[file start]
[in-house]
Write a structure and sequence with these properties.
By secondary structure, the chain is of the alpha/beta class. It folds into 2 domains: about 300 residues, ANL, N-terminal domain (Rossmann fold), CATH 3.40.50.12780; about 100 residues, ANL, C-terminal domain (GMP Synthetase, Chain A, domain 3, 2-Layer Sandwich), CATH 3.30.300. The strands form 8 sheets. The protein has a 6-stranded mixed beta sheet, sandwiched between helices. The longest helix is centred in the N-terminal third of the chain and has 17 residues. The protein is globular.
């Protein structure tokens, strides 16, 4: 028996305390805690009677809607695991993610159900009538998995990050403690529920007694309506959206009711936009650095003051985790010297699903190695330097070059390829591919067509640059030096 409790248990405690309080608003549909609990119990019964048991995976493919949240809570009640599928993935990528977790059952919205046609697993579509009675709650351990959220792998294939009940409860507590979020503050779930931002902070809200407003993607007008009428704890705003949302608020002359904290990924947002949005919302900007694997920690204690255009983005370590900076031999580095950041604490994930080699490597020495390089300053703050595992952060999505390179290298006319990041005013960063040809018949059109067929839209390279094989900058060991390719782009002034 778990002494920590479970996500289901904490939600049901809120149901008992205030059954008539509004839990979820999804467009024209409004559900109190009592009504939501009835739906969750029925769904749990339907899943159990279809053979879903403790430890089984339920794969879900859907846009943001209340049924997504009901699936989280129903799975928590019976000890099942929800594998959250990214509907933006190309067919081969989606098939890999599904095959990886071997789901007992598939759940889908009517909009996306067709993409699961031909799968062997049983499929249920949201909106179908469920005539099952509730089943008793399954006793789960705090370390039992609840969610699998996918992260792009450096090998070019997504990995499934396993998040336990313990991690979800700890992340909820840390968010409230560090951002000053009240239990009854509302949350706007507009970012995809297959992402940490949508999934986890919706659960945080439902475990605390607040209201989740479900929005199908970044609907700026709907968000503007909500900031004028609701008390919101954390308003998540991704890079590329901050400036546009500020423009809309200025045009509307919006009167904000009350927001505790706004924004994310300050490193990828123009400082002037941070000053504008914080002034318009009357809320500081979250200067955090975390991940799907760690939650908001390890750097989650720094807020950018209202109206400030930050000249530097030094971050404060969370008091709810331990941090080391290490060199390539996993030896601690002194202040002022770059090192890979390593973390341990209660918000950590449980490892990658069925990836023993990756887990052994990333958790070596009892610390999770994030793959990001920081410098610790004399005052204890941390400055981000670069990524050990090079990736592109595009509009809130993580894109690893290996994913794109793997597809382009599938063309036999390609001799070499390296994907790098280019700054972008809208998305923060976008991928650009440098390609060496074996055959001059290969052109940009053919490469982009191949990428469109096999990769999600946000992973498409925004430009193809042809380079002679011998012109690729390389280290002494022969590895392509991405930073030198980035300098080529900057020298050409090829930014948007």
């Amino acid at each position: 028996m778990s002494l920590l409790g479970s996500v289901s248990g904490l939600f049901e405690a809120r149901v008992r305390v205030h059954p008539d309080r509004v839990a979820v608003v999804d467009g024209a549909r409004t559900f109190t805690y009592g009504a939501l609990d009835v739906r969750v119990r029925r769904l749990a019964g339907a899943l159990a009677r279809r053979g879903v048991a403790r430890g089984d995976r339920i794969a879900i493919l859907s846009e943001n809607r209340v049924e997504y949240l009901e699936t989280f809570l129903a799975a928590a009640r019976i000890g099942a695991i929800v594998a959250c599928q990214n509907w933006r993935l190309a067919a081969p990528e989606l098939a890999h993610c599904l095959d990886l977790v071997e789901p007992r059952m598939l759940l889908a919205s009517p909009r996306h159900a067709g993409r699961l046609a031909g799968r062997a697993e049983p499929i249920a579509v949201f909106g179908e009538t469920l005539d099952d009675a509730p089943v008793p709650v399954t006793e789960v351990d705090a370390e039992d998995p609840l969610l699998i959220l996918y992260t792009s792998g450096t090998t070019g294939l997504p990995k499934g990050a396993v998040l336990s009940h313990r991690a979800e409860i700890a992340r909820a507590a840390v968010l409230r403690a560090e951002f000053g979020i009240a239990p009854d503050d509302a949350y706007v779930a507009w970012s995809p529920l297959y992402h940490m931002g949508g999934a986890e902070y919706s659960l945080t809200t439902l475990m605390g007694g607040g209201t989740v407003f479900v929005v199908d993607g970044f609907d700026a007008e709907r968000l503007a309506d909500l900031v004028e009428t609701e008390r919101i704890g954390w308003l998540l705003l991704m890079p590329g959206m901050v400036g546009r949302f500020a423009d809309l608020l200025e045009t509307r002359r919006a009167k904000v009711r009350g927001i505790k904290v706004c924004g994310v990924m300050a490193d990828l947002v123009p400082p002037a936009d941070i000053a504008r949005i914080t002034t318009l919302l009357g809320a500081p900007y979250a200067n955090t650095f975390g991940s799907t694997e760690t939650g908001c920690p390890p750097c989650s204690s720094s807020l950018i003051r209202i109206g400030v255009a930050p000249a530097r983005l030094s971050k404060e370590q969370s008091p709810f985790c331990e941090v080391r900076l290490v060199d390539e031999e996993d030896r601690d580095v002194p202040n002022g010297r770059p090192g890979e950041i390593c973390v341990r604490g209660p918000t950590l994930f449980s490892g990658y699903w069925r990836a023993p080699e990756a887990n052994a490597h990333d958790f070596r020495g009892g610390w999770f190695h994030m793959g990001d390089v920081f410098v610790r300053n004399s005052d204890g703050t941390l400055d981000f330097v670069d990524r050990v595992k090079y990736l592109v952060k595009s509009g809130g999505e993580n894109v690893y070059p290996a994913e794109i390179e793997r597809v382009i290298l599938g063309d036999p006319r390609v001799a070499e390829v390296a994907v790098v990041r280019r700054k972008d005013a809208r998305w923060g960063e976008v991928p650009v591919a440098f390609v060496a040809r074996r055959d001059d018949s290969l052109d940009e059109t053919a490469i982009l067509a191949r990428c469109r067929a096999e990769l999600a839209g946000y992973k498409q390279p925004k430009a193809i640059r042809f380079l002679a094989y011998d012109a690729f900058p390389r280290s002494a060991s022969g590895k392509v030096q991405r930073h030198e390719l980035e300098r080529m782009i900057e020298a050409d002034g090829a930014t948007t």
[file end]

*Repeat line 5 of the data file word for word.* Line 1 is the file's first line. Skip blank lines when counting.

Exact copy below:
């Amino acid at each position: 028996m778990s002494l920590l409790g479970s996500v289901s248990g904490l939600f049901e405690a809120r149901v008992r305390v205030h059954p008539d309080r509004v839990a979820v608003v999804d467009g024209a549909r409004t559900f109190t805690y009592g009504a939501l609990d009835v739906r969750v119990r029925r769904l749990a019964g339907a899943l159990a009677r279809r053979g879903v048991a403790r430890g089984d995976r339920i794969a879900i493919l859907s846009e943001n809607r209340v049924e997504y949240l009901e699936t989280f809570l129903a799975a928590a009640r019976i000890g099942a695991i929800v594998a959250c599928q990214n509907w933006r993935l190309a067919a081969p990528e989606l098939a890999h993610c599904l095959d990886l977790v071997e789901p007992r059952m598939l759940l889908a919205s009517p909009r996306h159900a067709g993409r699961l046609a031909g799968r062997a697993e049983p499929i249920a579509v949201f909106g179908e009538t469920l005539d099952d009675a509730p089943v008793p709650v399954t006793e789960v351990d705090a370390e039992d998995p609840l969610l699998i959220l996918y992260t792009s792998g450096t090998t070019g294939l997504p990995k499934g990050a396993v998040l336990s009940h313990r991690a979800e409860i700890a992340r909820a507590a840390v968010l409230r403690a560090e951002f000053g979020i009240a239990p009854d503050d509302a949350y706007v779930a507009w970012s995809p529920l297959y992402h940490m931002g949508g999934a986890e902070y919706s659960l945080t809200t439902l475990m605390g007694g607040g209201t989740v407003f479900v929005v199908d993607g970044f609907d700026a007008e709907r968000l503007a309506d909500l900031v004028e009428t609701e008390r919101i704890g954390w308003l998540l705003l991704m890079p590329g959206m901050v400036g546009r949302f500020a423009d809309l608020l200025e045009t509307r002359r919006a009167k904000v009711r009350g927001i505790k904290v706004c924004g994310v990924m300050a490193d990828l947002v123009p400082p002037a936009d941070i000053a504008r949005i914080t002034t318009l919302l009357g809320a500081p900007y979250a200067n955090t650095f975390g991940s799907t694997e760690t939650g908001c920690p390890p750097c989650s204690s720094s807020l950018i003051r209202i109206g400030v255009a930050p000249a530097r983005l030094s971050k404060e370590q969370s008091p709810f985790c331990e941090v080391r900076l290490v060199d390539e031999e996993d030896r601690d580095v002194p202040n002022g010297r770059p090192g890979e950041i390593c973390v341990r604490g209660p918000t950590l994930f449980s490892g990658y699903w069925r990836a023993p080699e990756a887990n052994a490597h990333d958790f070596r020495g009892g610390w999770f190695h994030m793959g990001d390089v920081f410098v610790r300053n004399s005052d204890g703050t941390l400055d981000f330097v670069d990524r050990v595992k090079y990736l592109v952060k595009s509009g809130g999505e993580n894109v690893y070059p290996a994913e794109i390179e793997r597809v382009i290298l599938g063309d036999p006319r390609v001799a070499e390829v390296a994907v790098v990041r280019r700054k972008d005013a809208r998305w923060g960063e976008v991928p650009v591919a440098f390609v060496a040809r074996r055959d001059d018949s290969l052109d940009e059109t053919a490469i982009l067509a191949r990428c469109r067929a096999e990769l999600a839209g946000y992973k498409q390279p925004k430009a193809i640059r042809f380079l002679a094989y011998d012109a690729f900058p390389r280290s002494a060991s022969g590895k392509v030096q991405r930073h030198e390719l980035e300098r080529m782009i900057e020298a050409d002034g090829a930014t948007t």